Vanya and Sonia and Masha and Spike review – Chekhovian comic curio

Ustinov, Bath
Strong performances buoy up a lightweight story about characters fated to fulfil the destinies of their fictional namesakes

I find it mildly astonishing that this piece won the 2013 Tony award for best play. For much of its duration, Christopher Durang’s drama seems a campy comedy depending on Chekhovian tropes and showbiz allusions. But suddenly, in the second half, Durang delivers two extended monologues that demonstrate his skill as a writer and lift the piece to another plane.

The 57-year-old Vanya and his adopted sister, Sonia, appear fated to fulfil the destinies of the Chekhov characters after whom they are named. Their listless life in the family home in Bucks County, Pennsylvania, is briefly illumined by the arrival of another sibling, Masha – a fading star of stage and screen who not only has a young lover, Spike, in tow but also invites them all to a costume party.

Lewis Reeves, Rebecca Lacey and Aysha Kala in Vanya and Sonia and Masha and Spike.
Lewis Reeves, Rebecca Lacey and Aysha Kala in Vanya and Sonia and Masha and Spike. Photograph: Nobby Clark

The skimpy plot is stuffed with Chekhov references as Sonia announces, “I am a wild turkey,” as opposed to a seagull, and hymns an imagined cherry orchard. Having tried one’s patience, Durang then rewards it by invoking a genuine Chekhovian theme: the dramatic effect of a visitor upon the visited.

The play depends heavily on the performers and, happily, Walter Bobbie’s production boasts some fine actors. Janie Dee beautifully captures Masha’s preening self-regard and desperate desire to defy the years; having dressed as Snow White for the party, she finds herself mistaken for Norma Desmond. Rebecca Lacey shows the self-pitying Sonia’s transformation by adopting, for the party, the voice and manner of Maggie Smith in California Suite; Lacey makes something genuinely touching of the second-act scene in which she takes a phone call from an unexpected admirer.

Having little to do initially, Mark Hadfield savours Vanya’s sustained paean to the 1950s. Sentimental nostalgia is avoided with the sharp reminder that it was also a decade in which to be gay was to be stigmatised. Michelle Asante as a psychic cleaner and Lewis Reeves as a young buck provide good support and, even though it is a lightweight play, it finally shows that Durang gets Chekhov’s point: drama is about the growth from ignorance to knowledge.

• At the Ustinov, Bath, until 6 July.


Michael Billington

The GuardianTramp

Related Content

Article image
Uncle Vanya review – Rupert Everett is flamboyant in Hare's comic Chekhov
A dark, growly Everett pushes the humour in David Hare’s absurdist adaptation of the classic drama of mid-life malaise

Arifa Akbar

31, Jul, 2019 @12:21 PM

Article image
Rupert Everett: 'I'd have done anything to be a Hollywood star'
He lit up the screen in the 80s – but things did not go as planned. As he takes on Chekhov, Everett speaks about stardom, midlife crises and penis padding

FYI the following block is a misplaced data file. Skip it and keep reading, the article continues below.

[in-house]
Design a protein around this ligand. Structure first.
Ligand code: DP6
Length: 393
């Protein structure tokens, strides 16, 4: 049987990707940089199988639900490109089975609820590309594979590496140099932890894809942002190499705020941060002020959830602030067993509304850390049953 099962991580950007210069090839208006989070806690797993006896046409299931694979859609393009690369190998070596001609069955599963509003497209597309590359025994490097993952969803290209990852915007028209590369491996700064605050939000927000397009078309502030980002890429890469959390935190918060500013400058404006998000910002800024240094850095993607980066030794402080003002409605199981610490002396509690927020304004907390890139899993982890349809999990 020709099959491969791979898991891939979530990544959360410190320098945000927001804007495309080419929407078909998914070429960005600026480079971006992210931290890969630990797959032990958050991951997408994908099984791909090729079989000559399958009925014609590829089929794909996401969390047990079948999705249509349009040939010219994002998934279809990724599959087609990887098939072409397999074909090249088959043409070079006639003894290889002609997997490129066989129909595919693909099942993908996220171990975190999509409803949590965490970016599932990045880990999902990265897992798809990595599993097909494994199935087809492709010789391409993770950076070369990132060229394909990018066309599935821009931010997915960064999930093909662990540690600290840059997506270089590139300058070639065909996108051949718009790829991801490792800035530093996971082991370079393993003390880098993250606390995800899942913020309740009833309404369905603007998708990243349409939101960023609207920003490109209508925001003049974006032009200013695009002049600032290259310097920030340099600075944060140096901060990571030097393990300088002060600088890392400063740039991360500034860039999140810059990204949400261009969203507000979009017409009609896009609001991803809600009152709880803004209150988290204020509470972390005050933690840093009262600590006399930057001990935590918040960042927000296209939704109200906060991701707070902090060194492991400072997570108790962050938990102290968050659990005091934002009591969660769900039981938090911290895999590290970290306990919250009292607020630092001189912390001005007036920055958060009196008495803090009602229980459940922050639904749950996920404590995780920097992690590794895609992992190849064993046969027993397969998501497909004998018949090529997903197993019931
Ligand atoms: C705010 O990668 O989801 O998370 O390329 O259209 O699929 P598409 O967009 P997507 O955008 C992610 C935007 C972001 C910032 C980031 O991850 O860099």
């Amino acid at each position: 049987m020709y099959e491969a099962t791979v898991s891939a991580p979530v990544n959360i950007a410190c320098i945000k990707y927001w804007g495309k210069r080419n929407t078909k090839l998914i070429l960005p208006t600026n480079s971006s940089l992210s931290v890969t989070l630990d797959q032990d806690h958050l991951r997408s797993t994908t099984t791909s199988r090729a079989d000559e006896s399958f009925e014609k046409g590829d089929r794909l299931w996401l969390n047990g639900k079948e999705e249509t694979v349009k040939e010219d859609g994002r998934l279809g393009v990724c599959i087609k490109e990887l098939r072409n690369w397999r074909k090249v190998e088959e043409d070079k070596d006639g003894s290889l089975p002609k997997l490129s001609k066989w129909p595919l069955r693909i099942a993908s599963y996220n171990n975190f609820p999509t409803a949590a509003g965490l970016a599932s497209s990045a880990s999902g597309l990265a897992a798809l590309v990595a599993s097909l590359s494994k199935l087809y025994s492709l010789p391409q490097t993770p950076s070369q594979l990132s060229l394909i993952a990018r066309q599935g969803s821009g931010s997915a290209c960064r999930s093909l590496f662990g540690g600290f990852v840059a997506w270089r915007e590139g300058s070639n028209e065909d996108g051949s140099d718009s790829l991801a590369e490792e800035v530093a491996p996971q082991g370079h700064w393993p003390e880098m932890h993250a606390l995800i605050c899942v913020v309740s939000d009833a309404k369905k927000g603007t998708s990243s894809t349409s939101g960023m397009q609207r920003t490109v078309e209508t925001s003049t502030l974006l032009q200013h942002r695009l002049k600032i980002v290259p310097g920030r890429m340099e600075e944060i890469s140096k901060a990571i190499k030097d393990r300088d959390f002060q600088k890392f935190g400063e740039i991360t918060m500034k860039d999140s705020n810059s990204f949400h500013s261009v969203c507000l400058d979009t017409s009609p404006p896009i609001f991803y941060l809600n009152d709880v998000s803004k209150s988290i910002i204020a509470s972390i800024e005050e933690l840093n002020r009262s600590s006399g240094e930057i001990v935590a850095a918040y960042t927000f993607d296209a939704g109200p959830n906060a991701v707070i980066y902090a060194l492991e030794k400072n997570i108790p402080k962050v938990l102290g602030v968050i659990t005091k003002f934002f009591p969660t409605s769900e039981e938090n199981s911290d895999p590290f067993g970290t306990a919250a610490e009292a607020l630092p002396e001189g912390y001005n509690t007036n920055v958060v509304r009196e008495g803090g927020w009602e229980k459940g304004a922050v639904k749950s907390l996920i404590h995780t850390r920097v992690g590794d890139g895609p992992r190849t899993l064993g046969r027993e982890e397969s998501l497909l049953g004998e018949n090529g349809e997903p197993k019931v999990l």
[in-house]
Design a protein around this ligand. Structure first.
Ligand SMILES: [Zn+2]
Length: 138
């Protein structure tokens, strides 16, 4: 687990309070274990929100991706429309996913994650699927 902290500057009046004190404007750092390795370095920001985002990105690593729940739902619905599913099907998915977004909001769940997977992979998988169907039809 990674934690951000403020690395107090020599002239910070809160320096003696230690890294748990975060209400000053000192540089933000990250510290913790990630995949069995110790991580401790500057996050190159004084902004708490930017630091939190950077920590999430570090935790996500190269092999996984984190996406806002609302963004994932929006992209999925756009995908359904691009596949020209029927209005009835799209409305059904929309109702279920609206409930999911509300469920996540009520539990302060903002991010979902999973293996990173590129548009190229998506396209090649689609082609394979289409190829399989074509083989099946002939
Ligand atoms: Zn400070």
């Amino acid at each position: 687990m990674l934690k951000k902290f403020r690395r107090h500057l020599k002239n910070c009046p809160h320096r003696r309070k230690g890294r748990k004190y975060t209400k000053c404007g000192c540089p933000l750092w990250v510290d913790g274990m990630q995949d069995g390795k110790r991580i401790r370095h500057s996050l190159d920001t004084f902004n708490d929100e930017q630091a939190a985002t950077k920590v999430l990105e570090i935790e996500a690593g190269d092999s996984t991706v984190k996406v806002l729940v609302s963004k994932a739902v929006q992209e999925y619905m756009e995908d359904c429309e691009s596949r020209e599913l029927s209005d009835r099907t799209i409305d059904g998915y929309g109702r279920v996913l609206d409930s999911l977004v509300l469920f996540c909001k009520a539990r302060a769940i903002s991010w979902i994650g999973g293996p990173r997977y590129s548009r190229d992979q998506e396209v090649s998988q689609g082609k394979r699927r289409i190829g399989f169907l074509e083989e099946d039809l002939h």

Arifa Akbar

30, Jul, 2019 @6:00 AM

Article image
Uncle Vanya review – Terry Johnson brings brutality to Chekhov country
There are vibrant performances in this new version of the Russian masterpiece, directed and written by Johnson

Michael Billington

07, Dec, 2018 @10:35 AM

Article image
The week in theatre: A Midsummer Night’s Dream; While the Sun Shines; Vanya and Sonia and Masha and Spike – review
Nicholas Hytner pulls off a dazzling circus trick with Puck and co

Kate Kellaway

16, Jun, 2019 @7:00 AM

Article image
Monogamy review – celebrity chef cooks up an apocalyptic stew
Torben Betts’s social satire about a beleaguered kitchen goddess builds to a bewildering climax full of panic and violence

Michael Billington

11, Jun, 2018 @10:00 PM

Article image
From Hamlet to Hullabaloo: what to see as theatres and comedy clubs reopen
As stage shows return, we pick the best post-lockdown offerings – featuring Egyptian gods, rebelling vicars, dancing youths ... and Ian McKellen playing the Dane at 82

Arifa Akbar (theatre), Brian Logan (comedy), Lyndsey Winship (dance)

16, May, 2021 @2:00 PM

Article image
Chekhov's Uncle Vanya: from Russia with grunge

What's the right way to do Chekhov? With lace tablecloths and endless cups of tea – or a blast of Nirvana? Stars from three new productions, including Anna Friel and Ken Stott, talk to Stephen Moss

Stephen Moss

31, Oct, 2012 @6:03 PM

Article image
The Nightingales review – Ruth Jones on song in catty choir drama
A village choir’s harmony is upset by a sly newcomer in William Gaminara’s satire of snobbery, secrets and singing contests

Arifa Akbar

09, Nov, 2018 @8:00 AM

Article image
The Dark review – dangerous escape from Idi Amin's Uganda
Nick Makoha’s fragmented and vertiginous account of his treacherous journey to Britain is a story of our times

Arifa Akbar

21, Jan, 2019 @6:00 AM

Article image
Three Sisters review – RashDash's gloriously playful take on Chekhov
This brilliantly witty show asks who the classics are for – and what Chekhov’s play means for young women today

Lyn Gardner

11, May, 2018 @9:34 AM